August 7, 2008

Agency Baits Raccoons to Help Prevent Rabies

By Allison M. Heinrichs, The Pittsburgh Tribune-Review

Aug. 7--Over the past seven years, Allegheny County's rabid raccoon population has taken a nose-dive -- thanks to hundreds of thousands of waxy, smelly, brown blocks of vaccine-laced bait.

Health Department workers last week hand-delivered 190,000 packets of oral rabies vaccine to the brush and ditches to the county's 130 municipalities.

People should leave the bait alone unless it is on their lawns, in a street or somewhere else that a raccoon is unlikely to find it. In those cases, people can use gloves or a paper towel to move the bait into the underbrush.

"We haven't yet eradicated rabies in raccoons, but we've certainly made a dent," said Health Department spokesman Guillermo Cole.

When the program, sponsored by the federal and state agriculture departments, began in Allegheny County in 2002, there were 23 rabid raccoons reported. Last year there were nine and so far this year, there have been four.

The Health Department announced earlier this week that a rabid stray cat found in Bethel Park bit at least one person, who is being treated.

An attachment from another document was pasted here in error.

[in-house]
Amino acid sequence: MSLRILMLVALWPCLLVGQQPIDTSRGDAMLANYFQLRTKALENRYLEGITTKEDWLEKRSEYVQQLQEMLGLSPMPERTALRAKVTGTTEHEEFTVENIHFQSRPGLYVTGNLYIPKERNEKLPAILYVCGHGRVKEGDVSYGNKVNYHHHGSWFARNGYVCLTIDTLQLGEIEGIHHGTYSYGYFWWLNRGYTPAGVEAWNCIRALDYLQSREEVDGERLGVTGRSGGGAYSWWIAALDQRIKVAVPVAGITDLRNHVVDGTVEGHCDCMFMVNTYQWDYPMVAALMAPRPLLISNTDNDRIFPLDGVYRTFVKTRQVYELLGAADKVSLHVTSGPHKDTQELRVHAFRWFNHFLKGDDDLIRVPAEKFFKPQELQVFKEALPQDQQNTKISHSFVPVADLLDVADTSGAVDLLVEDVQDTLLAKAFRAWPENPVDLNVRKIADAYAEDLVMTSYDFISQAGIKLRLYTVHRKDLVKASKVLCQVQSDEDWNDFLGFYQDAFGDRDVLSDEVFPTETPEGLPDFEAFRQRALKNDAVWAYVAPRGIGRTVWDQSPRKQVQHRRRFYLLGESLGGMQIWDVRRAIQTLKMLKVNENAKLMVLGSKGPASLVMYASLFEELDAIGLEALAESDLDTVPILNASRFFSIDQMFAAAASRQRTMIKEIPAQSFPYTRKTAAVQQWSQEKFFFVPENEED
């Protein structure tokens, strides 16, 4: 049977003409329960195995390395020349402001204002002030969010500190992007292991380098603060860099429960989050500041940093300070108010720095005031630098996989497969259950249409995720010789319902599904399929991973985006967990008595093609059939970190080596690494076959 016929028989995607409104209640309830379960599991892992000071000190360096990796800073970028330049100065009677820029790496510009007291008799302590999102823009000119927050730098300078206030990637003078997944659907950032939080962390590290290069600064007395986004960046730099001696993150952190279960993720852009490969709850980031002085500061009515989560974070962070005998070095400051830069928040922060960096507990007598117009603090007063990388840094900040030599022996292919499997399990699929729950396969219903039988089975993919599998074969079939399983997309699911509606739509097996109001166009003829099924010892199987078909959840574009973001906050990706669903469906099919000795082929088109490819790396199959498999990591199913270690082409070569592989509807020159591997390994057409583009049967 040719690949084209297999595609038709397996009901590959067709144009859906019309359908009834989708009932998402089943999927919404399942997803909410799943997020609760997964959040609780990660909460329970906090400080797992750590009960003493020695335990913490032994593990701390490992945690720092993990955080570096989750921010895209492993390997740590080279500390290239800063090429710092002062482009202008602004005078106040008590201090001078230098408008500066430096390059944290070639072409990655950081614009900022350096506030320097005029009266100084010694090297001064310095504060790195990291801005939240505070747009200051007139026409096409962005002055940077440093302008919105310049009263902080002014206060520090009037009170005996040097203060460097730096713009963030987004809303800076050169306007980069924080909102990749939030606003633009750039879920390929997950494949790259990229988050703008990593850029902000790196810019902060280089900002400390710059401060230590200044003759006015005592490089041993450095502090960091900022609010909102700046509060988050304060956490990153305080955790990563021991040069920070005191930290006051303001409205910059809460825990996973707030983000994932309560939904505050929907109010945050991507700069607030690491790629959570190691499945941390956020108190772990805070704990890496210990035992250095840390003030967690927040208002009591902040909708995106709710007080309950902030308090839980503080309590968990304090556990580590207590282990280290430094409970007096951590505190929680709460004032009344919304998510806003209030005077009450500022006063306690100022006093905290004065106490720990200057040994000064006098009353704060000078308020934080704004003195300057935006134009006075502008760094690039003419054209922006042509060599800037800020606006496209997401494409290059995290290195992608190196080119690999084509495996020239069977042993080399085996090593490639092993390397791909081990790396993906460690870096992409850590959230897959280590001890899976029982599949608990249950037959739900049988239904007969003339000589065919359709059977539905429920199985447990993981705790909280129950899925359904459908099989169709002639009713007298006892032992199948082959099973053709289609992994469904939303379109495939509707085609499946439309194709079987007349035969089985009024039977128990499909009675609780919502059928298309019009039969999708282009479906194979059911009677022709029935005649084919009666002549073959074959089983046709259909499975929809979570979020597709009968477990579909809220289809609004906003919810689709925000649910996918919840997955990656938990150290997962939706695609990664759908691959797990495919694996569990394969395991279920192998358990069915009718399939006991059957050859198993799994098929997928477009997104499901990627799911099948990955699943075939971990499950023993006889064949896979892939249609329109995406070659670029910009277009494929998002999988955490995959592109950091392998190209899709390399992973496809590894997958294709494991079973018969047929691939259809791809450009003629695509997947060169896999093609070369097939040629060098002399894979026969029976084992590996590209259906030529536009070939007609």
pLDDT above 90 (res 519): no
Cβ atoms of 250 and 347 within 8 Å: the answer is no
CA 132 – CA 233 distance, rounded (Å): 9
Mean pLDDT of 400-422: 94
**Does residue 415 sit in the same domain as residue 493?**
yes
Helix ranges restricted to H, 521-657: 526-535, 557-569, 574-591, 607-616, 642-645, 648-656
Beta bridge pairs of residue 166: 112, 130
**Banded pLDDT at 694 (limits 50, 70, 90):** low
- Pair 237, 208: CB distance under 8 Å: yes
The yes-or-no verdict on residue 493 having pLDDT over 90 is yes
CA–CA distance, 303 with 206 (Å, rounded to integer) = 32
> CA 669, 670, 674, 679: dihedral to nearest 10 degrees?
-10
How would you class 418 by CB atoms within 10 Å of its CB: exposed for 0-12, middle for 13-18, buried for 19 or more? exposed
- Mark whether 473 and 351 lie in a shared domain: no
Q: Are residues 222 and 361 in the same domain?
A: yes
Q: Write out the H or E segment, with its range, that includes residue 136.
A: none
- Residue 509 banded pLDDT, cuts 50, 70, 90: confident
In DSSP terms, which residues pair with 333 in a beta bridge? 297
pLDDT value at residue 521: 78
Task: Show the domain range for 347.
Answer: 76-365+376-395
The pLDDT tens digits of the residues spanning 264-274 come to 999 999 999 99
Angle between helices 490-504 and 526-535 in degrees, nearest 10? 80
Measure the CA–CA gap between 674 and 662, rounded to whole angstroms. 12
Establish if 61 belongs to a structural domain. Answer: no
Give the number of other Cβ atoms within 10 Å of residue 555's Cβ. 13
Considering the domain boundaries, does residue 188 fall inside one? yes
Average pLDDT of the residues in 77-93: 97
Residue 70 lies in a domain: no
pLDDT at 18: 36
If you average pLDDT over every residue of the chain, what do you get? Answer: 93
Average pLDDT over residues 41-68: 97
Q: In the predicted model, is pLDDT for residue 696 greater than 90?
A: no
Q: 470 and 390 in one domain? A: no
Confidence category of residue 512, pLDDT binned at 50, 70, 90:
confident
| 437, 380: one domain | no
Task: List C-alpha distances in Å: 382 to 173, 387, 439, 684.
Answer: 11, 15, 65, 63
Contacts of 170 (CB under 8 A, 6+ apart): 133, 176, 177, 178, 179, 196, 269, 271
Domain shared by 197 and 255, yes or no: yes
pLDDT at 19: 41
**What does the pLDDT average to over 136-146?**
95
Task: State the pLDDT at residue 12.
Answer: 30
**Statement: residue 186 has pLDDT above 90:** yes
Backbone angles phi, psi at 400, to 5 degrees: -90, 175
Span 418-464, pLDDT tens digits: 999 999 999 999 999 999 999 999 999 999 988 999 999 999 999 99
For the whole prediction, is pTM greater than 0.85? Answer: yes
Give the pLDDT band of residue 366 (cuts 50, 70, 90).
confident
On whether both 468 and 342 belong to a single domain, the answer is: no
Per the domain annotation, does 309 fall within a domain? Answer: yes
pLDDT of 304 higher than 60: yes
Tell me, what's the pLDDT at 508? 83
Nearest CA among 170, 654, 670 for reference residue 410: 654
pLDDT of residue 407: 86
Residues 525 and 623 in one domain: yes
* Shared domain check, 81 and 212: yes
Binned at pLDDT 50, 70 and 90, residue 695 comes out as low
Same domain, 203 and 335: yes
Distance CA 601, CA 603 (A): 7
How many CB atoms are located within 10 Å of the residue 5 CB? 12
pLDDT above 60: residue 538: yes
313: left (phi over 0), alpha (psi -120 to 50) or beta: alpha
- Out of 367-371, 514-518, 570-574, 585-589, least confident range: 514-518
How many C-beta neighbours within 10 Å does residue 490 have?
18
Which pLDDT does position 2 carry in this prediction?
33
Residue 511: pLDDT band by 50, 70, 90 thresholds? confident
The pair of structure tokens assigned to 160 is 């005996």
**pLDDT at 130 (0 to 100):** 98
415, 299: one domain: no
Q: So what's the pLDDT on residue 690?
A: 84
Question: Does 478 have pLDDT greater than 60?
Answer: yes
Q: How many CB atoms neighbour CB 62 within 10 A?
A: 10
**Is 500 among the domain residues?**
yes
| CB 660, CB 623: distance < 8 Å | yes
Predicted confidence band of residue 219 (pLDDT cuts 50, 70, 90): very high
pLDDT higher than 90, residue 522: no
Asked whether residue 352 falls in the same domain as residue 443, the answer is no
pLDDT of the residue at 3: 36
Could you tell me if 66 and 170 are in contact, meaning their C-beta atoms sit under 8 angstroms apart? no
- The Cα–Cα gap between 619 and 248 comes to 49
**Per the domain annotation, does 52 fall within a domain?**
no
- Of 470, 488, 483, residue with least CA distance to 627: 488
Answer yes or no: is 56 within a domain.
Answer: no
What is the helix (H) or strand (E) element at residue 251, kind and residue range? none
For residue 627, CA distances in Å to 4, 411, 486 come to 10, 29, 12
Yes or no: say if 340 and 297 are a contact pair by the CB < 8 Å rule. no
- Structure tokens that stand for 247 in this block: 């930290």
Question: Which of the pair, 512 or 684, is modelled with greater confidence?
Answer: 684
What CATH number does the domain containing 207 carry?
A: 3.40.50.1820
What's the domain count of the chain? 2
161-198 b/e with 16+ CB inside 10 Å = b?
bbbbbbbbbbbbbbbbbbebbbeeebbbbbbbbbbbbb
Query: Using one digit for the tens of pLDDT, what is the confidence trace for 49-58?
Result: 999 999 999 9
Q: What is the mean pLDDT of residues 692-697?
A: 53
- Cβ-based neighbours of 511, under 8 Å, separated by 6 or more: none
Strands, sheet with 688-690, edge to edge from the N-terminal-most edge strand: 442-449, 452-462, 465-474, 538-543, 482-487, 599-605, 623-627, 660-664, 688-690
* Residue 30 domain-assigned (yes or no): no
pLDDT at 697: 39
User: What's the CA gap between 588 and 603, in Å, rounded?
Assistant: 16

Pittsburgh is the western front in the Department of Agriculture's rabies eradication efforts. The rabid raccoon population is mostly in Eastern Seaboard states, dipping a few miles into Ohio, said Harris Glass, state director with the USDA wildlife services.

One of the best ways for people to avoid contracting rabies is to get pets vaccinated and leave stray cats alone, Glass said.

"People are often exposed because they bring a stray animal, like a cat, into their home and it scratches somebody," he said. "Or a rabid animal bites the family pet and that pet then spreads it to people."

The rabies virus infects the central nervous system, causing brain swelling and death. Early symptoms include a fever and headache; victims can then develop anxiety, confusion, partial paralysis, difficulty swallowing and fear of water. The United States averages about two to three human rabies deaths annually, according to the U.S. Centers for Disease Control and Prevention.

People can report animals they suspect have rabies to either the county Health Department, 412-687-ACHD, or the USDA, 724-238-7320.


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